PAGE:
Many good hearted people make the mistake of talking to a service dog, petting the dog without asking or even worse
By Laura Pakis, certified professional dog trainer and blogger
Dogs have enriched our lives for centuries; living as our domesticated companions for as long as 32,000 years. They have incredible senses like superheroes on four legs. And with the right training they can perform useful tasks that empower disabled individuals to function with greater self-sufficiency–the job of a Service, Guide, or Assistance Dog.
With such an important job, why is it so many good-hearted people make the mistake of talking to the dog, petting the dog without asking or even worse, asking the disabled individual, “What’s wrong with you?”, or asking for a demonstration.
Many people don’t realize there are rules of etiquette when in the presence of a service dog team (the dog and the owner/handler). So, what should you do when you see a Service Dog? What is proper Service Dog etiquette?
Treat the individual as you would anyone else; smile, be polite, and be courteous.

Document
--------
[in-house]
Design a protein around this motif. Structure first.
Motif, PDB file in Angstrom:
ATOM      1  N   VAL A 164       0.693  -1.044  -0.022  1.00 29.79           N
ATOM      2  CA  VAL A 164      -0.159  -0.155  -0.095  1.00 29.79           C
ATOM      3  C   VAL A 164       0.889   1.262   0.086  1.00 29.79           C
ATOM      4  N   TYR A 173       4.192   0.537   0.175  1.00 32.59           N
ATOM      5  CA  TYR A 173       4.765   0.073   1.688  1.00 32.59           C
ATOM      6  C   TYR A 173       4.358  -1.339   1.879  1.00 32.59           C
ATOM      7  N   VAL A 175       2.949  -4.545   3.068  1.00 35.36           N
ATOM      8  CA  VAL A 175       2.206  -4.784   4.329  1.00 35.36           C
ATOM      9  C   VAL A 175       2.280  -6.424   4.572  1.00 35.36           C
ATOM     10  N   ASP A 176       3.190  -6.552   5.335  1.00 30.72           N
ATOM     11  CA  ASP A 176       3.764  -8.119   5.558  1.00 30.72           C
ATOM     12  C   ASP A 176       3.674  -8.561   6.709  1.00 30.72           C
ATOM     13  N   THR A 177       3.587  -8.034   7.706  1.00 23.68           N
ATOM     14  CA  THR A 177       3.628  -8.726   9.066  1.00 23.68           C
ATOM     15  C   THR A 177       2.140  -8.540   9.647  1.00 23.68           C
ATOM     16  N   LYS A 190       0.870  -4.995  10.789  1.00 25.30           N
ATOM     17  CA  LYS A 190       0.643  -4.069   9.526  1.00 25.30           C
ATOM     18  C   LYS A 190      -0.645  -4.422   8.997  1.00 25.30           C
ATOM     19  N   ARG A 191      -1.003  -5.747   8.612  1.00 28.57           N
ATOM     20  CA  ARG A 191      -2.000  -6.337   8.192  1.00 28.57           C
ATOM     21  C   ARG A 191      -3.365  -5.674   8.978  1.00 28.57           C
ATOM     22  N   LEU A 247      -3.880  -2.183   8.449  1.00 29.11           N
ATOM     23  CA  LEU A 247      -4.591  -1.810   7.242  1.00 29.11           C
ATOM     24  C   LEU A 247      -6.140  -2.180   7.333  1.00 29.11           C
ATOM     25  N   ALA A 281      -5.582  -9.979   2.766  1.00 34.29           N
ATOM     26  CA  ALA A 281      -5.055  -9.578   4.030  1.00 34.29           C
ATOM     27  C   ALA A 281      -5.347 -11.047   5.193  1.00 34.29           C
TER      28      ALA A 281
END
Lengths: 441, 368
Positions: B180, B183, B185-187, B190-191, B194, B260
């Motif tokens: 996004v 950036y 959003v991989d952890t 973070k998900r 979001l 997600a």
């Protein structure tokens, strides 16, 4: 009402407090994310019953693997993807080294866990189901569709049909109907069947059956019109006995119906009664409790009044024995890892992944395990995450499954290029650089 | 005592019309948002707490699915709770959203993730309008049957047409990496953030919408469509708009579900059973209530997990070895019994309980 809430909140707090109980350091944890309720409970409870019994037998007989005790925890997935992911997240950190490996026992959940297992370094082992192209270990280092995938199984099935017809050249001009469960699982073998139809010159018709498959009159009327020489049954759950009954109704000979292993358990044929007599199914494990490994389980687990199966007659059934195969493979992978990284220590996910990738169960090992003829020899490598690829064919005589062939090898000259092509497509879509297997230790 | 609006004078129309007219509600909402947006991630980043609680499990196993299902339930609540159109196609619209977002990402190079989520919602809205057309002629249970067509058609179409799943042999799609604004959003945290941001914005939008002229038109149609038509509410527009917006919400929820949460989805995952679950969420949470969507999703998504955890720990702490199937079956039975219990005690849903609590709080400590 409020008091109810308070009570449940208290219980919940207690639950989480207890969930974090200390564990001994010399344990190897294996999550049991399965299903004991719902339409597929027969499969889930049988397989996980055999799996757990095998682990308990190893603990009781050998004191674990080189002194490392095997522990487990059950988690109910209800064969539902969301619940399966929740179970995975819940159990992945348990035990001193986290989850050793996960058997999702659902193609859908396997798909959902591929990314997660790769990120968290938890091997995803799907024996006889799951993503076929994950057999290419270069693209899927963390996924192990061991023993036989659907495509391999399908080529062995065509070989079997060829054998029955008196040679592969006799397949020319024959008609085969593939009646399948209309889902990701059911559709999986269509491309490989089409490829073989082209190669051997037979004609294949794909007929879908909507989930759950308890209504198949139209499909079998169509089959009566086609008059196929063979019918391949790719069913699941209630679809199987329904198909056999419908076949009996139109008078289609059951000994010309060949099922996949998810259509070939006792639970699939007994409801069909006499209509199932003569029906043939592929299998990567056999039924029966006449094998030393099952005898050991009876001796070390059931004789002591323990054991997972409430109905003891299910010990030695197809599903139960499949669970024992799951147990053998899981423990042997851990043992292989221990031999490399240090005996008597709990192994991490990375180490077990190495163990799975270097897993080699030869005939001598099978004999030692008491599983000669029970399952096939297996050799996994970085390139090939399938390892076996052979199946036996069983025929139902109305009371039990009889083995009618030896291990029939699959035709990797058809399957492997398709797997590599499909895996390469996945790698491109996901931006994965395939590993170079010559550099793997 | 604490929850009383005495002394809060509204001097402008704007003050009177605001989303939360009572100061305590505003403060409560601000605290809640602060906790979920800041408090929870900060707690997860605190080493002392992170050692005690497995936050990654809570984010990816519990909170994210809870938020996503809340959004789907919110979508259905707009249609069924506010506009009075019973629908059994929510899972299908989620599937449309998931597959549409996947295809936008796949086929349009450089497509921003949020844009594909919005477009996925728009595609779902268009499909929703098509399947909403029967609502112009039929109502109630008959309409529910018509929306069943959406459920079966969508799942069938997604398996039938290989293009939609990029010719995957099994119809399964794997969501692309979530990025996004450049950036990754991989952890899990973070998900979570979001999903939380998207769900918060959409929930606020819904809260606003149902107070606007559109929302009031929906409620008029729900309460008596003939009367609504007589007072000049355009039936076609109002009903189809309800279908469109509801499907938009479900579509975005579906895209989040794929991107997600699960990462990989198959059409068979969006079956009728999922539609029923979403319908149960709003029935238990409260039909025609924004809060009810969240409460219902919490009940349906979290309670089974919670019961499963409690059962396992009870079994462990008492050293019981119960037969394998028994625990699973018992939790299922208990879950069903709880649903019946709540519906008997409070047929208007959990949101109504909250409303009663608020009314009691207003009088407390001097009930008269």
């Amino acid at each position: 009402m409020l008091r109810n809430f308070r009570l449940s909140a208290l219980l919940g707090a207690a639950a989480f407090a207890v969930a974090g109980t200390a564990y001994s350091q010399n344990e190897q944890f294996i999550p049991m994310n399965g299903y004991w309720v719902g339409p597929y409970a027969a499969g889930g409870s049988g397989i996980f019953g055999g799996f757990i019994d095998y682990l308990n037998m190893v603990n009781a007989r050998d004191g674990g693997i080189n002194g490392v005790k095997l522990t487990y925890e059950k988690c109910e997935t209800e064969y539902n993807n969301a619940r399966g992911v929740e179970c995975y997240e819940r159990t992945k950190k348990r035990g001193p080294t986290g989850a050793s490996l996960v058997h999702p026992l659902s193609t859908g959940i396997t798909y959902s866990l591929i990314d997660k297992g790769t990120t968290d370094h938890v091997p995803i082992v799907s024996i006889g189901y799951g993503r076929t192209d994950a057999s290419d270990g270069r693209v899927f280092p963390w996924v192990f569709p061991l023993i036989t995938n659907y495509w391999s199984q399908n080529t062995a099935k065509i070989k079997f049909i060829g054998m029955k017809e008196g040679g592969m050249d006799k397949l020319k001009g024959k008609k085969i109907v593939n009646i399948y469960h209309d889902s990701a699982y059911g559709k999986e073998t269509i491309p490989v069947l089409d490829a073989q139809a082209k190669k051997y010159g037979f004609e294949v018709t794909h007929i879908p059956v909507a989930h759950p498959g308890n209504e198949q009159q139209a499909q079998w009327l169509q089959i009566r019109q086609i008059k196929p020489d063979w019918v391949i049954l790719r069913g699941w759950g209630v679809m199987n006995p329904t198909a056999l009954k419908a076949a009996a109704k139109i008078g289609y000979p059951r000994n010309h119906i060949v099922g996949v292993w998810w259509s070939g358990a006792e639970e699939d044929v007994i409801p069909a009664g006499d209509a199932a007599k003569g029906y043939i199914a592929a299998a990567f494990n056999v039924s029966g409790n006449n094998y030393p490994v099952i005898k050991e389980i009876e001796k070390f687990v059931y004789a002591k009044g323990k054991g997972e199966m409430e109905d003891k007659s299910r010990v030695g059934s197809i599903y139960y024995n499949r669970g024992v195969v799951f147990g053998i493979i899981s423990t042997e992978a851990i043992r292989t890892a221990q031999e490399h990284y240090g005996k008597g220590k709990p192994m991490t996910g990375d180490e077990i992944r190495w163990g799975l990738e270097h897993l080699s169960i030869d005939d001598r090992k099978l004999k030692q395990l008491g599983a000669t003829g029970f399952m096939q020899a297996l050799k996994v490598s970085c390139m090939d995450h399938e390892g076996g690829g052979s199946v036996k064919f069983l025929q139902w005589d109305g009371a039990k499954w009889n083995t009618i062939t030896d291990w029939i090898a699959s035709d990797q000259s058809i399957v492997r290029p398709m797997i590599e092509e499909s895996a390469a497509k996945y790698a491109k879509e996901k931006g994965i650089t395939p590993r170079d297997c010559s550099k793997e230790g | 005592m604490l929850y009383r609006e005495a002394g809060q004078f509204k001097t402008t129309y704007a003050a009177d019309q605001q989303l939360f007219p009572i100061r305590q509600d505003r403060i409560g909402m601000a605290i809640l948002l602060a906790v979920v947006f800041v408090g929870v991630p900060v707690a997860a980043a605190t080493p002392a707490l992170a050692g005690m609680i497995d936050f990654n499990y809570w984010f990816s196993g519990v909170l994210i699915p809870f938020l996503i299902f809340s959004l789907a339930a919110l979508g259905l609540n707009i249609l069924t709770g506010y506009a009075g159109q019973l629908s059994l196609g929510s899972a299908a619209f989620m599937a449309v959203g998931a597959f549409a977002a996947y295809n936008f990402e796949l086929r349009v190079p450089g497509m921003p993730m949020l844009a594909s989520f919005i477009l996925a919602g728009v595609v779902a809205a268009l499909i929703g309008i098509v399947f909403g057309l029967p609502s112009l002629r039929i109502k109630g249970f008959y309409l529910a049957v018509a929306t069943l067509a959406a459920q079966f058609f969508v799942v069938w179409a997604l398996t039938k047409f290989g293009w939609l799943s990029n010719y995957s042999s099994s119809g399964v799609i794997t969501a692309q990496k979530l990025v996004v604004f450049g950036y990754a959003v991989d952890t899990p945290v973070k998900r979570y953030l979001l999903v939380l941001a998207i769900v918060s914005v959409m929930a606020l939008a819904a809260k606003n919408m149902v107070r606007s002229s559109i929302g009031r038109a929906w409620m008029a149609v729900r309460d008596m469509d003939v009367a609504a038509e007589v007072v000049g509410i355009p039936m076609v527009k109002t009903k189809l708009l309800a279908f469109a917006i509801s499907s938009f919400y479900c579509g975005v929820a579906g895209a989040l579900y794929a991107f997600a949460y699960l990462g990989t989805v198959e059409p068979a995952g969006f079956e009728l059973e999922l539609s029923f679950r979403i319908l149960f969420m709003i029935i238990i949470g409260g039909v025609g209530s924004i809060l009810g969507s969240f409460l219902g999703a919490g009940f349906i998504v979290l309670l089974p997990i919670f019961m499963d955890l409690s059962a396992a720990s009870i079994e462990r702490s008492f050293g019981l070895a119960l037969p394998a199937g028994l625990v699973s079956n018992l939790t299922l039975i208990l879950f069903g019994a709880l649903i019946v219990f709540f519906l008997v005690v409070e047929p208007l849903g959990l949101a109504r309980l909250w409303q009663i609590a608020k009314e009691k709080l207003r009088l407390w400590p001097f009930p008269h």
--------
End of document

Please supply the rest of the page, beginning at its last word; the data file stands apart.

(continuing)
Do not interact with the dog in any way
To perform their job to the best of their abilities, service dogs must be able focus on either their handler, or the task at hand. Even though service dogs are trained to the highest of standards and typically ignore distractions, they are not infallible. A distracted service dog could slip up on a key part of his job and put he and his partner in danger.
Distractions include talking, whistling, cooing, or barking at the animal, petting or asking to pet the dog, praising the pet when it completes its task, tapping your leg or clapping your hands OR allowing your children to approach. In fact, ignore the Service Dog entirely. You’re not being rude if you don’t acknowledge the Service Dog’s presence. The dog is working, even if it appears it is not.
Never ask personal questions about the handler’s disability or intrude on their privacy.
No one likes to be singled out or have people stare, point, or hear personal comments from strangers. Health is a private issue and making comments to others about the handler and its dog is hurtful for the handler to hear.
Offer help, but do not insist.
Service Dog handlers are very appreciative of others who ask them if they need any help. Always ask before acting. If a Service Dog handler rejects your offer to help, respect their wishes.
Do not photograph or video record a Service Dog team without permission.
Common courtesy and respect go a long way when you encounter a Service Dog team. Keep these basic Service Dog etiquette tips in mind, and you’ll have a better understanding of how to react when you see a Service Dog team in public.
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